IMHO its the most important instance of what is becoming known as VGI (Volunteered Geographic Information) yet to occur on the web. Those who organised it and those who just took part deserve a great deal of respect, I think we’re going to see a lot more mapping like this in future emergency situations and this was the first example. As they point out, key to this was the rapid publication of high quality satellite imagery.
As it happens, I’ve just completed PolyMap a VGI based educational project for Southampton University where we got the students to create a thematic map via a web service based on Google Maps API* . They mapped tree cover around Mt St Helens volcano in USA to see how trees had recovered since the 1980 eruption, click the image to see a demo:
Thoughts for Others considering setting up VGI: Most of the following was obtained via written student feedback:
- I gave students a background presentation of how VGI related to crowd sourcing and other VGI projects (here as a PDF), the students said this helped them realise what they were doing was a valid technique beyond the Mt St Helens problem. Could be useful as a motivator in non-educational situations?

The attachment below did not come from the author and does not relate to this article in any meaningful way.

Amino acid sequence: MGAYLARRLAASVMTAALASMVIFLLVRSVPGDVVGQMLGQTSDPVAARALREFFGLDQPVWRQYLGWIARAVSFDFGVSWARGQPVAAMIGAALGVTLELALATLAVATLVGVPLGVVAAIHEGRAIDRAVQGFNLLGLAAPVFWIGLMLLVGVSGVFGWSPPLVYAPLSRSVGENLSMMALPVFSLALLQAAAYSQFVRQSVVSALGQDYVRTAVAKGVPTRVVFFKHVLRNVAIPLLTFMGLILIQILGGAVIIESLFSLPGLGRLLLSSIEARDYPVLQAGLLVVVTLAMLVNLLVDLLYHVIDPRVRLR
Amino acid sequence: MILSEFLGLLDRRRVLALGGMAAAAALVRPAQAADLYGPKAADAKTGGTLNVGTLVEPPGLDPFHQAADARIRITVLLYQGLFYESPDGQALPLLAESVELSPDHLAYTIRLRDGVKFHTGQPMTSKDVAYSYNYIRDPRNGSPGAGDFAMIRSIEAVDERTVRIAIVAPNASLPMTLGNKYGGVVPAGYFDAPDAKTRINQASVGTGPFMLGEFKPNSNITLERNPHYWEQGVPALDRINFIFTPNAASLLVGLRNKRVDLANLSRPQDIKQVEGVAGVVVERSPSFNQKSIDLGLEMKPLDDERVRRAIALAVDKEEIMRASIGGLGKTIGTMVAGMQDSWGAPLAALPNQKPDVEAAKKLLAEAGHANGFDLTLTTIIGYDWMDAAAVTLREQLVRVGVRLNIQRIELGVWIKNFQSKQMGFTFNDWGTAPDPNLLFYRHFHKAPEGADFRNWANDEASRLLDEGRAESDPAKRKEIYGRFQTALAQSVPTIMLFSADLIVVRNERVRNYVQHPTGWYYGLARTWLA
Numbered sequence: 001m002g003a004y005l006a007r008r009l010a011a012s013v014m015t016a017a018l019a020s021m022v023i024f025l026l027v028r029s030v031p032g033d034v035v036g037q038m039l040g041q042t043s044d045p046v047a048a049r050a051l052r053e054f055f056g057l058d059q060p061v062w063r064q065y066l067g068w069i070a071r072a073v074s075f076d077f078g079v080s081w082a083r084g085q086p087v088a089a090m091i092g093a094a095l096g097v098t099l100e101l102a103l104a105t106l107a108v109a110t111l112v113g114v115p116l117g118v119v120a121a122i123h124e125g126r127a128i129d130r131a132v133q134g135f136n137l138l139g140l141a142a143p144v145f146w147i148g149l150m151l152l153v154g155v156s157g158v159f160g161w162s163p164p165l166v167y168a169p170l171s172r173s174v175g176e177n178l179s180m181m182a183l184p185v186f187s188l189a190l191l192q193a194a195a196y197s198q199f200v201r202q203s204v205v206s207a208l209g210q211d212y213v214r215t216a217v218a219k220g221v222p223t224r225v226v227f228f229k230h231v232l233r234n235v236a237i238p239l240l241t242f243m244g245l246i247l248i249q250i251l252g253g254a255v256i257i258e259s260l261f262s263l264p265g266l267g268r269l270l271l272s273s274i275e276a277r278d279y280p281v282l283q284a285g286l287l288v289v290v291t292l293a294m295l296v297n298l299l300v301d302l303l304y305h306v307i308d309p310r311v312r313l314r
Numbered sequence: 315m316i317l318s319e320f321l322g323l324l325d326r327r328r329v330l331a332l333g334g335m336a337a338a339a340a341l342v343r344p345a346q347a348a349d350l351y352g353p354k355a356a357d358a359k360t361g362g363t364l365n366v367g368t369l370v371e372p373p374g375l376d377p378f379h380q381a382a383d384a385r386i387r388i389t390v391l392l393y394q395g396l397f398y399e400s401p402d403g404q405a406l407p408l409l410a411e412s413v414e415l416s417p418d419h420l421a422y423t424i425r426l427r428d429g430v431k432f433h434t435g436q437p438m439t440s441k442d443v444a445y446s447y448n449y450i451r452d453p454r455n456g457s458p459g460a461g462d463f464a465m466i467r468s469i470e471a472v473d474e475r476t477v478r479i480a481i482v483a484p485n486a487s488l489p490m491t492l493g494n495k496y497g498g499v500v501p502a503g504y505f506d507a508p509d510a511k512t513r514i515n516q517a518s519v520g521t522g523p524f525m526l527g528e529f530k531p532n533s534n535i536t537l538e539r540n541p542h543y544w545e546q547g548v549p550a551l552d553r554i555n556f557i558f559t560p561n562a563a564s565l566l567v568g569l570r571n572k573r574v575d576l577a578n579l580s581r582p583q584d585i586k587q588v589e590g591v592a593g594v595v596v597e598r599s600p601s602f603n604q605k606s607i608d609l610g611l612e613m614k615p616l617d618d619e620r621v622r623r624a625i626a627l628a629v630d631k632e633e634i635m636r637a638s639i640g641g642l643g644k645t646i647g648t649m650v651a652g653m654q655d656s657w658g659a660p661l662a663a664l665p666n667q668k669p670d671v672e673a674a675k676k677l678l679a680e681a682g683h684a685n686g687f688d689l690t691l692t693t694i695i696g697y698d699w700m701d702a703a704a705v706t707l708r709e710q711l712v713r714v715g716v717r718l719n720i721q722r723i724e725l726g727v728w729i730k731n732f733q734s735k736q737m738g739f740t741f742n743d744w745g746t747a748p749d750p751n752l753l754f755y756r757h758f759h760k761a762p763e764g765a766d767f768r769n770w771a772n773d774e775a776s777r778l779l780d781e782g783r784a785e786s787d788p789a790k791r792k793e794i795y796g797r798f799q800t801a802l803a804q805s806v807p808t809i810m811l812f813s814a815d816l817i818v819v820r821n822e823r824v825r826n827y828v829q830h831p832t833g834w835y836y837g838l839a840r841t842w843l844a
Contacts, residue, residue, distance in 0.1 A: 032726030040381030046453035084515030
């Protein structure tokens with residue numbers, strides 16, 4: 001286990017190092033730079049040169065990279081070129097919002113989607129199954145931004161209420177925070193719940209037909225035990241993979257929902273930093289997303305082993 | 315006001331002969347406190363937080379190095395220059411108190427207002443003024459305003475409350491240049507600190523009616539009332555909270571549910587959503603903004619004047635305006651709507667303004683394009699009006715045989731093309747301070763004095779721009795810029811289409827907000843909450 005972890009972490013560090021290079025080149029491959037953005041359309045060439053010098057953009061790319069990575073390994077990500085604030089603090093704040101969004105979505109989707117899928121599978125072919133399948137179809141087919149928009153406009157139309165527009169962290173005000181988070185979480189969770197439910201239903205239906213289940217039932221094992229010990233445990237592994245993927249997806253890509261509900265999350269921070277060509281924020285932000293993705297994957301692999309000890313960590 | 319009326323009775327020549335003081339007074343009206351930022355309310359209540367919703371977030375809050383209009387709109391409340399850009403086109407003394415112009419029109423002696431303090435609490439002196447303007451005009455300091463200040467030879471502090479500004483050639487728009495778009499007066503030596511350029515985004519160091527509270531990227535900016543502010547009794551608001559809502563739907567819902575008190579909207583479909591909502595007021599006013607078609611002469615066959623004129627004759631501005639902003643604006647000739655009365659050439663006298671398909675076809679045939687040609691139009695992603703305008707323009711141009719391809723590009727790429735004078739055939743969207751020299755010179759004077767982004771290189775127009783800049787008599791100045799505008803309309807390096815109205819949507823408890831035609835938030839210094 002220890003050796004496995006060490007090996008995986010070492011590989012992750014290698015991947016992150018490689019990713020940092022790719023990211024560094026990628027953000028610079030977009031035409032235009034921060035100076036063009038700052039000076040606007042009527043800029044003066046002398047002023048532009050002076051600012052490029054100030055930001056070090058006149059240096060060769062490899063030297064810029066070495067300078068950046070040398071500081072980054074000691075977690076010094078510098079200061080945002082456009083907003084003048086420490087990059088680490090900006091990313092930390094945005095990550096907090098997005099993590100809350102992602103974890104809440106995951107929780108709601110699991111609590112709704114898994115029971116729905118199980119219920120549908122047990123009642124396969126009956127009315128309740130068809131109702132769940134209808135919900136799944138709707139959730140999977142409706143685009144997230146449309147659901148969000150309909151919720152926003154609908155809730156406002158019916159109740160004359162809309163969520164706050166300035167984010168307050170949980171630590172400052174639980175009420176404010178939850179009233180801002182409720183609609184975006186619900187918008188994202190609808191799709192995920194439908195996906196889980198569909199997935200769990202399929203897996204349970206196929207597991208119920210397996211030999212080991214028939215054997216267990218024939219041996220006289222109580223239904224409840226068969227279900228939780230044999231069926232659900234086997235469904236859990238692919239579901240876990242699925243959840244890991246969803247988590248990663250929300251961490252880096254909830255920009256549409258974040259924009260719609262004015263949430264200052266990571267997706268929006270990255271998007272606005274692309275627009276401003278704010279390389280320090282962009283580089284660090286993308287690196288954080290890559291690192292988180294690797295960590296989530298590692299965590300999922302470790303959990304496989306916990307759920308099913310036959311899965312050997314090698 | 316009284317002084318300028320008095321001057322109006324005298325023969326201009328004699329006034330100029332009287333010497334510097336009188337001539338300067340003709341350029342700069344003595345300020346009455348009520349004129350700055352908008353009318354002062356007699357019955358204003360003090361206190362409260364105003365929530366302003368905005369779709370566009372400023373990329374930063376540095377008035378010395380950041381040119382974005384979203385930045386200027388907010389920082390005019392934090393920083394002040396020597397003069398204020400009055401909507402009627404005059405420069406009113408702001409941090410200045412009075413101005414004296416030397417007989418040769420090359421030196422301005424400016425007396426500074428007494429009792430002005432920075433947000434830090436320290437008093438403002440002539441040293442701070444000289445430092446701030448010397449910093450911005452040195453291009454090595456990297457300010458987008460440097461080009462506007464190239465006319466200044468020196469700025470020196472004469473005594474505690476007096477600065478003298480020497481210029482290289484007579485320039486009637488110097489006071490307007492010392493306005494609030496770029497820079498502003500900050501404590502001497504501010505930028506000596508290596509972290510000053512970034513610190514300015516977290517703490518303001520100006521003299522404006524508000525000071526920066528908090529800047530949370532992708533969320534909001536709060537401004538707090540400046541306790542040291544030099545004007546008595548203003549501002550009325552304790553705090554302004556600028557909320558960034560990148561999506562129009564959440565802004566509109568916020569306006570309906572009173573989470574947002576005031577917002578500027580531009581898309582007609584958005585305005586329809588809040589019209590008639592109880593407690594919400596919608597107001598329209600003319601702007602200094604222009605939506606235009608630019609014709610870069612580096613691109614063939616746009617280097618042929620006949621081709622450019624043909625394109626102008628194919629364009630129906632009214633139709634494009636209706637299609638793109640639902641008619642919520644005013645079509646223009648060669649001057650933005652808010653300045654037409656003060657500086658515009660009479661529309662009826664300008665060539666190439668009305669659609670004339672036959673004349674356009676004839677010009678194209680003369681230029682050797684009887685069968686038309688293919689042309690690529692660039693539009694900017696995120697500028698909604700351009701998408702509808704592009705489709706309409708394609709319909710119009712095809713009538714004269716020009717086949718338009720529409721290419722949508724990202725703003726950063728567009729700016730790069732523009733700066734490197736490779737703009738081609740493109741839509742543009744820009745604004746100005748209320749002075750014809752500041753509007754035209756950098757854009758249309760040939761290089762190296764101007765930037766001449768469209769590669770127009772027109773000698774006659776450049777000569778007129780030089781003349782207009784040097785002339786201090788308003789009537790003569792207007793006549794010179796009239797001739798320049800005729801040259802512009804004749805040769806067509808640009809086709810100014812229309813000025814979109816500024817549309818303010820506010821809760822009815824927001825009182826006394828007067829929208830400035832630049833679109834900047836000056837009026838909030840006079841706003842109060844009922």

- I split the area into a grid and assigned them a square each. This helped in getting the entire area mapped although there was some problems with people working in the wrong square etc.
- They complained that the classification scheme was difficult to apply whilst I had thought it was fairly simple and well explained. It goes to show that great care is needed in defining and then explaining classification schemes. My video tutorials on how to produce the map were very popular, fool proof documentation and instructions are well worth the investment of time.
- They liked the fact that I collated the data and interpreted it in a presentation after they had finished and working in groups on a shared problem.
- Advances in Google MyMaps since we started the project mean it would have been possible and much easier to do this project using Google MyMaps rather than the bespoke PolyMap service.
- Student feedback was the most positive feedback I've had for a long time!
- The 1980 Mt St Helens eruption is a great topic to teach using technology, satellite images, youtube clips and photographs from USGS are out there in abundance. I think having an interesting context (the eruption) is possibly more important to the learning than the quality of the VGI data.